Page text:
Granting Sweetman leave to appeal, the Court determined that, firstly, the case did raise an issue of general public importance: whether it is necessary to interpret s 50B in a manner compatible with EU law (including the Aarhus Convention) or whether certain relevant provisions of EU law have direct effect. And secondly, as an appeal to the Court of Appeal was not available, that provided the exceptional circumstances to warrant an appeal directly to the Supreme Court.

New Appeal: Court to review State’s liability for breach of EU Directive

brasserie_du_pecheurIn this determination (Ogieriakhi v Minister for Justice), the Supreme Court granted Ogieriakhi leave to appeal the Court of Appeal’s judgment that the State was not liable towards him in damages (Francovic and Brasserie du Pecheur) for failure to correctly apply Directive 2004/38/EC (right of EU citizens and their families to move freely) in assessing his application for permanent residence.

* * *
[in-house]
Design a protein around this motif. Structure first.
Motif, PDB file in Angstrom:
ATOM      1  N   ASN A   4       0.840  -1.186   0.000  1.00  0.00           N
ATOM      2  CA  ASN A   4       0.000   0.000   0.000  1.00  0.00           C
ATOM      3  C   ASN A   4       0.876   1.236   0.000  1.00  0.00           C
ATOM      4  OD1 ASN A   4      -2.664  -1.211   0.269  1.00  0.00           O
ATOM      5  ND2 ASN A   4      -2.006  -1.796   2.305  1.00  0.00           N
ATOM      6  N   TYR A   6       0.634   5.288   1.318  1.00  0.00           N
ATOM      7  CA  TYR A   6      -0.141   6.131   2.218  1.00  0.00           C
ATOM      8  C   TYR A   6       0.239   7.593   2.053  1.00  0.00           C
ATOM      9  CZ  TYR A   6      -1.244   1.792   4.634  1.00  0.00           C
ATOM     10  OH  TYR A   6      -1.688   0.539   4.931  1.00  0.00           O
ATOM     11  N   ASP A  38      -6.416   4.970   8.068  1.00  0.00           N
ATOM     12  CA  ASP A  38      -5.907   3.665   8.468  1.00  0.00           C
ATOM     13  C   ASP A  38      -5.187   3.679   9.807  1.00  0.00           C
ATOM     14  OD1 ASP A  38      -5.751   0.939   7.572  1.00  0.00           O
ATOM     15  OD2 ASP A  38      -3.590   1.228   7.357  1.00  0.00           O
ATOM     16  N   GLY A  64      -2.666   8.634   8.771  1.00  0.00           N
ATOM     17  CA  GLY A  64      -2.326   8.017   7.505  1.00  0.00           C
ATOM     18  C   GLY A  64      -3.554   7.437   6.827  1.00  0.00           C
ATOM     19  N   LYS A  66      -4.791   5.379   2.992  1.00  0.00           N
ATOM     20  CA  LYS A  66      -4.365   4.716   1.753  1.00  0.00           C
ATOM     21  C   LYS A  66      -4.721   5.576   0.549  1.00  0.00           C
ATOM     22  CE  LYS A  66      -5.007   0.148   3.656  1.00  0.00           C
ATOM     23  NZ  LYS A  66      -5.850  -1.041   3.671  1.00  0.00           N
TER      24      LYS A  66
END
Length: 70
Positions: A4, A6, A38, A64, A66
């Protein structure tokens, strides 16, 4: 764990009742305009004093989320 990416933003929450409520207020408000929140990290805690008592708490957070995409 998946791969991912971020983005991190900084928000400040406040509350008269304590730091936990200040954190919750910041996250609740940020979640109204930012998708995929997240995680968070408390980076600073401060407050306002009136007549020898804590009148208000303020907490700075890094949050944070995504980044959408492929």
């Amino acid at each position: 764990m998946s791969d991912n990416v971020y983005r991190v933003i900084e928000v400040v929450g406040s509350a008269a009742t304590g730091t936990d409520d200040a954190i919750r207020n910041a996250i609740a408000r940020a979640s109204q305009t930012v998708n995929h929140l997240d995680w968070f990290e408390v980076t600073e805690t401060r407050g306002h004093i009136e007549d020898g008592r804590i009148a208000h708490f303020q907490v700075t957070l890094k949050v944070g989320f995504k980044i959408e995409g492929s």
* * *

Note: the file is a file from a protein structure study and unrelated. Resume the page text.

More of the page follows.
Background

Ogieriakhi, a Nigerian national, entered the State in 1998 seeking asylum. In 1999, he married a French national who was working in the State. The State granted Ogieriakhi a permit to reside in the State until 2004. In 2001 he began working for An Post. That same year, his marriage broke up. In 2003. Ogieriakhi had a daughter, born to a new partner, Ms Madden.

In 2004, the Minster refused to renew Qgieriakhi’s permission to remain in the State. Unknown to An Post, he continued to work without a permit. In 2005, the High Court quashed the Minister’s decision.

In April 2006, the State transposed Directive 2004/38/EC (right of EU citizens and their families to move freely) into Irish law. The Directive provided EU citizens and their family members with the right to permanent residence in another Member State where they have resided legally for five years.